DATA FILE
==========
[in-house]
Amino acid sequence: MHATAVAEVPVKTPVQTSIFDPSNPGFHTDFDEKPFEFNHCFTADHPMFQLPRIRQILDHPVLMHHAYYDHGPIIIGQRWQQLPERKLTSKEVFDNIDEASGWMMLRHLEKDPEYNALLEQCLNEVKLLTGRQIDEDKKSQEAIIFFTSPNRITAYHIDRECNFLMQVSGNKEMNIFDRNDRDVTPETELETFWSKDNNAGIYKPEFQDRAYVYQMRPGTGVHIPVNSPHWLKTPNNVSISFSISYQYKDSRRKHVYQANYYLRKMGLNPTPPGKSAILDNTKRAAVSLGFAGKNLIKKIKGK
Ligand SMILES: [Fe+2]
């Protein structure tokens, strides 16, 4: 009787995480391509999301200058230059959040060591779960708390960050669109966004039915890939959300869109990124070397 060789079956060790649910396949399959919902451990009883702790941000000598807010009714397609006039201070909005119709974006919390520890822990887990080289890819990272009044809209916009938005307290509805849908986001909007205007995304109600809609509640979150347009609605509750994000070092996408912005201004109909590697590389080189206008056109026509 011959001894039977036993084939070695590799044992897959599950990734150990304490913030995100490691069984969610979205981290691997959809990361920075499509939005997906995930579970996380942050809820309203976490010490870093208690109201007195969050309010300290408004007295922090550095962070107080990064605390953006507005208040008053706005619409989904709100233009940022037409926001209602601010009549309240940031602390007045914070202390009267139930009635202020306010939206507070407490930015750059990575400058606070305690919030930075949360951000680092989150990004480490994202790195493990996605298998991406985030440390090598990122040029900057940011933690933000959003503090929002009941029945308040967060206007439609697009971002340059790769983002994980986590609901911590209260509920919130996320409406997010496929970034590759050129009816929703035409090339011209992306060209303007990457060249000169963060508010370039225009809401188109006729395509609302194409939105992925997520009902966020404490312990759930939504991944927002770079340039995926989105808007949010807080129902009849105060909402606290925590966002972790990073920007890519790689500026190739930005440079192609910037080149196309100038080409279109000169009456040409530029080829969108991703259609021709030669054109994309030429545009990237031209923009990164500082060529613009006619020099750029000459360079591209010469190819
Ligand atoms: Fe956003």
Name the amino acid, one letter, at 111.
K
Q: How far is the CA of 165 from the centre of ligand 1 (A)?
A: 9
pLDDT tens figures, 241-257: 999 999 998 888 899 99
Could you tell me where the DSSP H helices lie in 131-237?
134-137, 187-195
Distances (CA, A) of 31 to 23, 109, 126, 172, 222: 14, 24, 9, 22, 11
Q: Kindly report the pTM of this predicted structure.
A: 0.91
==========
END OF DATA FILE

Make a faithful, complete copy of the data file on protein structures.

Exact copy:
[in-house]
Amino acid sequence: MHATAVAEVPVKTPVQTSIFDPSNPGFHTDFDEKPFEFNHCFTADHPMFQLPRIRQILDHPVLMHHAYYDHGPIIIGQRWQQLPERKLTSKEVFDNIDEASGWMMLRHLEKDPEYNALLEQCLNEVKLLTGRQIDEDKKSQEAIIFFTSPNRITAYHIDRECNFLMQVSGNKEMNIFDRNDRDVTPETELETFWSKDNNAGIYKPEFQDRAYVYQMRPGTGVHIPVNSPHWLKTPNNVSISFSISYQYKDSRRKHVYQANYYLRKMGLNPTPPGKSAILDNTKRAAVSLGFAGKNLIKKIKGK
Ligand SMILES: [Fe+2]
């Protein structure tokens, strides 16, 4: 009787995480391509999301200058230059959040060591779960708390960050669109966004039915890939959300869109990124070397 060789079956060790649910396949399959919902451990009883702790941000000598807010009714397609006039201070909005119709974006919390520890822990887990080289890819990272009044809209916009938005307290509805849908986001909007205007995304109600809609509640979150347009609605509750994000070092996408912005201004109909590697590389080189206008056109026509 011959001894039977036993084939070695590799044992897959599950990734150990304490913030995100490691069984969610979205981290691997959809990361920075499509939005997906995930579970996380942050809820309203976490010490870093208690109201007195969050309010300290408004007295922090550095962070107080990064605390953006507005208040008053706005619409989904709100233009940022037409926001209602601010009549309240940031602390007045914070202390009267139930009635202020306010939206507070407490930015750059990575400058606070305690919030930075949360951000680092989150990004480490994202790195493990996605298998991406985030440390090598990122040029900057940011933690933000959003503090929002009941029945308040967060206007439609697009971002340059790769983002994980986590609901911590209260509920919130996320409406997010496929970034590759050129009816929703035409090339011209992306060209303007990457060249000169963060508010370039225009809401188109006729395509609302194409939105992925997520009902966020404490312990759930939504991944927002770079340039995926989105808007949010807080129902009849105060909402606290925590966002972790990073920007890519790689500026190739930005440079192609910037080149196309100038080409279109000169009456040409530029080829969108991703259609021709030669054109994309030429545009990237031209923009990164500082060529613009006619020099750029000459360079591209010469190819
Ligand atoms: Fe956003």
Name the amino acid, one letter, at 111.
K
Q: How far is the CA of 165 from the centre of ligand 1 (A)?
A: 9
pLDDT tens figures, 241-257: 999 999 998 888 899 99
Could you tell me where the DSSP H helices lie in 131-237?
134-137, 187-195
Distances (CA, A) of 31 to 23, 109, 126, 172, 222: 14, 24, 9, 22, 11
Q: Kindly report the pTM of this predicted structure.
A: 0.91